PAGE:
Killswitch Engage - Killswitch Engage review


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Band: Killswitch Engage
Album: Killswitch Engage
Release date: June 2009

Disc I
01. Never Again
02. Starting Over
03. The Forgotten
04. Reckoning
05. The Returns
06. A Light In A Darkened World
07. Take Me Away
08. I Would Do Anything
09. Save Me
10. Lost
11. This Is Goodbye
12. In A Dead World [special deluxe edition bonus]
13. My Curse [live] [special deluxe edition bonus]
14. Rose Of Sharyn [live] [special deluxe edition bonus]
15. Holy Diver [Dio cover] [live] [special deluxe edition bonus]

Disc II [deluxe edition DVD]
+ Making Of
+ On the road and behind the scenes
+ Over 30 minutes of backstage footage
+ Exclusive in studio interviews and more

After a run of three albums that saw Killswitch Engage become one of the biggest names in modern metal, this album came along and saw the wheels fall off the bus for the band. While not a bad album, it saw the band unable to carry over the momentum and subsequently saw the end of the Jones era of the band. Killswitch Engage is an album I reach for on rare occasions, not because it is bad per se, but because the band had (and subsequently have) done better things, leaving this album to find its spot near the back tucked away behind other albums.

Autopilot is the word that will stick with you for most of this album; few songs seem to have the sense of purpose other albums possess, with the songs seemingly being a paint-by-numbers affair by the band. The riffs often sound like outtakes from prior records that didn't make the cut due the band having better ones to use; more often than not, the riffs don't really do much to jump out at you. "The Forgotten" and "Lost" feel like a botch job of subpar components put together to pad the album out rather than warranting a spot-on merit.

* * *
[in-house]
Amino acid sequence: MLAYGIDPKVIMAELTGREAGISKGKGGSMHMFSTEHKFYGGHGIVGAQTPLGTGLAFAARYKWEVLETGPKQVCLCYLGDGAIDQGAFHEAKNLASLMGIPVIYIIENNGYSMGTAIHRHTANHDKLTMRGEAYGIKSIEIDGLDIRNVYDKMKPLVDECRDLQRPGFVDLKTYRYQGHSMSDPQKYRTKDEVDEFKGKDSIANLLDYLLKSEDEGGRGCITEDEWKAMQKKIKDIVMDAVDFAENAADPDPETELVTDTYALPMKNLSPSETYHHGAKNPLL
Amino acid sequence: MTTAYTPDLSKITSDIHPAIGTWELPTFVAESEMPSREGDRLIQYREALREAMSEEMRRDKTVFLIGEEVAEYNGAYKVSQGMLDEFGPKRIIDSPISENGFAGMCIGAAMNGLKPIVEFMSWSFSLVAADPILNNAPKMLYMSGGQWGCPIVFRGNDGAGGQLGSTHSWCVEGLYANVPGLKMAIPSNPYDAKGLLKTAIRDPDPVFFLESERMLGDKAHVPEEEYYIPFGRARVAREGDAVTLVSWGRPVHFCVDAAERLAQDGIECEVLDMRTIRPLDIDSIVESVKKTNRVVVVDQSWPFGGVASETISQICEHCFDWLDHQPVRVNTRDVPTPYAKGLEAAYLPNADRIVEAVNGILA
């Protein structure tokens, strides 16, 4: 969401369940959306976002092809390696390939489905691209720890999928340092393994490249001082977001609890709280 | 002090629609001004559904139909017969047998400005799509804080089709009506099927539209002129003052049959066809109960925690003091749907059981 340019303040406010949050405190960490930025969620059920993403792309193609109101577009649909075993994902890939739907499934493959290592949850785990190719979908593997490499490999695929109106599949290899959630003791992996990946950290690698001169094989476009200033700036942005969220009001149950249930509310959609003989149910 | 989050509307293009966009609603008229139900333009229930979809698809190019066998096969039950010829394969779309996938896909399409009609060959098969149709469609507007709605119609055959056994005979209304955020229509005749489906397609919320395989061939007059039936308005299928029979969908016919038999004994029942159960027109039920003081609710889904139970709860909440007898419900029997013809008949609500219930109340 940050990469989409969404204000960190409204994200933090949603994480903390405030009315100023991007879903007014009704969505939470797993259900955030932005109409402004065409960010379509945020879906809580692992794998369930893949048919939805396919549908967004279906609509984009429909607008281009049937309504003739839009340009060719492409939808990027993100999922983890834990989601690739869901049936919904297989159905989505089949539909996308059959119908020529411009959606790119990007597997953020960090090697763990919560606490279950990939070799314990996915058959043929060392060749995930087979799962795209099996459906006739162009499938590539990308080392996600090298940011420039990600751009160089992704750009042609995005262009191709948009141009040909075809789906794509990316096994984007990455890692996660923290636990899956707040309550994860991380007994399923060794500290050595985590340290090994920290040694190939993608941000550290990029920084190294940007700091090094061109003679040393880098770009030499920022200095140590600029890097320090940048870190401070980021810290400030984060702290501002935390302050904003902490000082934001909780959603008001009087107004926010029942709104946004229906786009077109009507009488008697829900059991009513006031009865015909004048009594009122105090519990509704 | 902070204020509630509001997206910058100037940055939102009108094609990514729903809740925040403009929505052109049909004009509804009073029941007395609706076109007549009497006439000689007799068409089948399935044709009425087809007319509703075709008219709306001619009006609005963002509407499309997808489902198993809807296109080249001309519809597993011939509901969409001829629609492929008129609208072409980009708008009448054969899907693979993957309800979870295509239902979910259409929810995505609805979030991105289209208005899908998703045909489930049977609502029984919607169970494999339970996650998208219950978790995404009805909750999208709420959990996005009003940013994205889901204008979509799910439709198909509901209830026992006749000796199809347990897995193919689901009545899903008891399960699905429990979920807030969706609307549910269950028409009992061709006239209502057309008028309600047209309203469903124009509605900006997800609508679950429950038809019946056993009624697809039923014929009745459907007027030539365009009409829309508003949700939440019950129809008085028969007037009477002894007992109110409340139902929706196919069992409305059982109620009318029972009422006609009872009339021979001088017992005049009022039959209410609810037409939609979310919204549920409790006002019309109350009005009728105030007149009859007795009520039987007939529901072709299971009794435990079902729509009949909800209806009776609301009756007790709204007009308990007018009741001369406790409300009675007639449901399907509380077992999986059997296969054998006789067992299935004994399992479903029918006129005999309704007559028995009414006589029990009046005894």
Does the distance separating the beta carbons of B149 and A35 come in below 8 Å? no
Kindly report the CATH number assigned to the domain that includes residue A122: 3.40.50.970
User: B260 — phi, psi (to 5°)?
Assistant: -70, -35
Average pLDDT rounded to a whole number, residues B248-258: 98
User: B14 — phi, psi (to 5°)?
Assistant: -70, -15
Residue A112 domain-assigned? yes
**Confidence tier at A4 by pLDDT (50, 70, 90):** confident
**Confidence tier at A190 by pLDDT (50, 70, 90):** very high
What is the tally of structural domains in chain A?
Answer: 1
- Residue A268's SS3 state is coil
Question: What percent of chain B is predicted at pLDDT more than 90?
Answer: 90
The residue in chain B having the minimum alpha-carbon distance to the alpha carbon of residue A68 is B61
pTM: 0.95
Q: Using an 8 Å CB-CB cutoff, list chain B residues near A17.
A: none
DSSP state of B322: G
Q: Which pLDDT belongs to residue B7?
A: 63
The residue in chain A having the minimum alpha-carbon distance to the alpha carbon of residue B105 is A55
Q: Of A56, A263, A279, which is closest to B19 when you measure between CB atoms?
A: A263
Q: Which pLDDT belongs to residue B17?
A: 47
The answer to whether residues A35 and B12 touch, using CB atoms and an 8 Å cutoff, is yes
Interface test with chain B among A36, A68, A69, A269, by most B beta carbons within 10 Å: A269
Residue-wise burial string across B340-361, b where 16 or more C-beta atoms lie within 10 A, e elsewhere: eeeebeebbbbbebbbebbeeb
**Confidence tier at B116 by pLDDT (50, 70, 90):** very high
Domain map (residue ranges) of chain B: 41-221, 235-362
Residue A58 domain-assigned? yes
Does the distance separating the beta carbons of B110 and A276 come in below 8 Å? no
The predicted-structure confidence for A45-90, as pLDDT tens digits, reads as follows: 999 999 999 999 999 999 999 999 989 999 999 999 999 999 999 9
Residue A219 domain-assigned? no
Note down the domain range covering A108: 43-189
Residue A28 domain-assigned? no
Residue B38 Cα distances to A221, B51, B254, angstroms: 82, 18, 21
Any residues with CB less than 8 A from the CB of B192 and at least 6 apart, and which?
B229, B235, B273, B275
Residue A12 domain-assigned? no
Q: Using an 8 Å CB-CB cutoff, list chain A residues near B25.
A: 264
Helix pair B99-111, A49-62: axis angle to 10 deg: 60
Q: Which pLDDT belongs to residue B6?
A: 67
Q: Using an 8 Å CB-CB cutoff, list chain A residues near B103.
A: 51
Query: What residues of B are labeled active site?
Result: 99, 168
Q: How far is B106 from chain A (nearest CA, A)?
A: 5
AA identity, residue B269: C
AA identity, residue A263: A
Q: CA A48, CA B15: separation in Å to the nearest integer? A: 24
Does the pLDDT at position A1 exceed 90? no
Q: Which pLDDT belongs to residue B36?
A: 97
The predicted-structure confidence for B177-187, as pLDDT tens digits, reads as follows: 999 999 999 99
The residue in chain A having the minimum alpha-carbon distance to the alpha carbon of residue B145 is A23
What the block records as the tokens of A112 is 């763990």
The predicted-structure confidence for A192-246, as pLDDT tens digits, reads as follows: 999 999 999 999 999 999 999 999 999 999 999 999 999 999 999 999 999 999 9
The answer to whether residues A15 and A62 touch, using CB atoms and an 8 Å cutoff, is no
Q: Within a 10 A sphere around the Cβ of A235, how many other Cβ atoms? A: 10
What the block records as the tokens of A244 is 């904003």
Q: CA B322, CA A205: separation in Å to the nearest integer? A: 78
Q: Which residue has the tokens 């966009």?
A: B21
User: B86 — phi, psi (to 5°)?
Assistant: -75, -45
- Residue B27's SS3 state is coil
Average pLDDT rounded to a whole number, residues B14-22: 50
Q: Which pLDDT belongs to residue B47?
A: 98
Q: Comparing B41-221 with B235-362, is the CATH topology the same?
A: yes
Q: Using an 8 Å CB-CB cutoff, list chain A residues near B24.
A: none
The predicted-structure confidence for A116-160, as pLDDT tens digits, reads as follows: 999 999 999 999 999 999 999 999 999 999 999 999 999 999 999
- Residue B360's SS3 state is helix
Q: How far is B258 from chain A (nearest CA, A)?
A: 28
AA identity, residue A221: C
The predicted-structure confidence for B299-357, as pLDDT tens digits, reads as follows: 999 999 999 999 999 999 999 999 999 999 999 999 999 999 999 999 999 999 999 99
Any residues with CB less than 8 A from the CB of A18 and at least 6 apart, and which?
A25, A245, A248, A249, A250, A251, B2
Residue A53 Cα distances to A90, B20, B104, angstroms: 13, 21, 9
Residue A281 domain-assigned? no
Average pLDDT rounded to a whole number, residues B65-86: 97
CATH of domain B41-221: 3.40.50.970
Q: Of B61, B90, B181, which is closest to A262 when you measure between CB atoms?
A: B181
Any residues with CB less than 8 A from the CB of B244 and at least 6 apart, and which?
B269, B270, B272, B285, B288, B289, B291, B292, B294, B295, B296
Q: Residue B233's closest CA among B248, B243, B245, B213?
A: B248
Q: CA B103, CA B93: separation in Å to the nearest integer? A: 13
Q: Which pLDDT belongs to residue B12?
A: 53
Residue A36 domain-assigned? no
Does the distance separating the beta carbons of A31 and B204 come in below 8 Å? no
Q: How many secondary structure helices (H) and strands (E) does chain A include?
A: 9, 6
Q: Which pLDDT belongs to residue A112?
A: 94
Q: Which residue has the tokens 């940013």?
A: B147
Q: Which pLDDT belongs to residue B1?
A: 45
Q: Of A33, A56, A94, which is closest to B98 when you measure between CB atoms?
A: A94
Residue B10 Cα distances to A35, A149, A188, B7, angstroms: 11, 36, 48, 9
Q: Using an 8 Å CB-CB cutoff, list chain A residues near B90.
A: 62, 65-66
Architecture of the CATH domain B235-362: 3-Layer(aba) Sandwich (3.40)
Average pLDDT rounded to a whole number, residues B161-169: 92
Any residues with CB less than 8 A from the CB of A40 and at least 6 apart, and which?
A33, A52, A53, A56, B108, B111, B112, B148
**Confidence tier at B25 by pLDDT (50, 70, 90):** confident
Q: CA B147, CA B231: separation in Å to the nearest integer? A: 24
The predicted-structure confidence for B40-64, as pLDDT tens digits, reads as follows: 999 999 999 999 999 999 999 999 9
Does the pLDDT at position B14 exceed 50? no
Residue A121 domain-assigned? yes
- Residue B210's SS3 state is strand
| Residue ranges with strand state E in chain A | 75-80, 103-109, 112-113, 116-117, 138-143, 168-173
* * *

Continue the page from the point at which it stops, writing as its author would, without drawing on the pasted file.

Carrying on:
The album mostly plods along happy to sit in the middle lane, with songs just passing by with little to distinguish them as being better than the other; "Reckoning" and "The Return" see the album slump into this pattern not long after starting. Neither song is particularly bad, but they don't do much to grab your attention in the way other albums had. Whereas prior albums weren't flawless, they at least felt like it wasn't for lack of effort; that isn't something I get when I listen to most of this record.

That isn't to say the album isn't without merit; "Take Me Away" and "This is Goodbye" would slot comfortably among the rest of the band's hits on any future greatest hits collection, both seeing the band shake themselves out of the stupor they were in the midst of with this album. Other songs are strong and do warrant replaying, such as "Save Me" and "I Would Do Anything", and do show the band could rise to it when they seemingly wanted to.

It was a shame to see the Jones era end on a low note; having taken the band to new heights, they appeared to be stalling by this point. The album sparks but rarely catches flame; the lights were growing dim for the band as a result. While both the band and Jones have gone on to do greater things than this album, they at least gave us a few songs to add to what was one of the highlights of the metalcore scene of the 2000s.

Rating breakdown
Performance: 7
Songwriting: 6
Originality: 7
Production: 8

Written by omne metallum | 21.05.2020


Guest review disclaimer:
This is a guest review, which means it does not necessarily represent the point of view of the MS Staff.


Comments: 1   Visited by: 4 users
21.05.2020 - 15:13
Bad English
Tage Westerlund
Well I agree its radio friendly, Sweden we had or have still dunno bandit rock, like 10 years ago I did listen it but there was 1000 modern songs 2 classic and so on, I got sick of play list. I like radio when ppl talk. They plaid this and your other review Bullet For My V a lot
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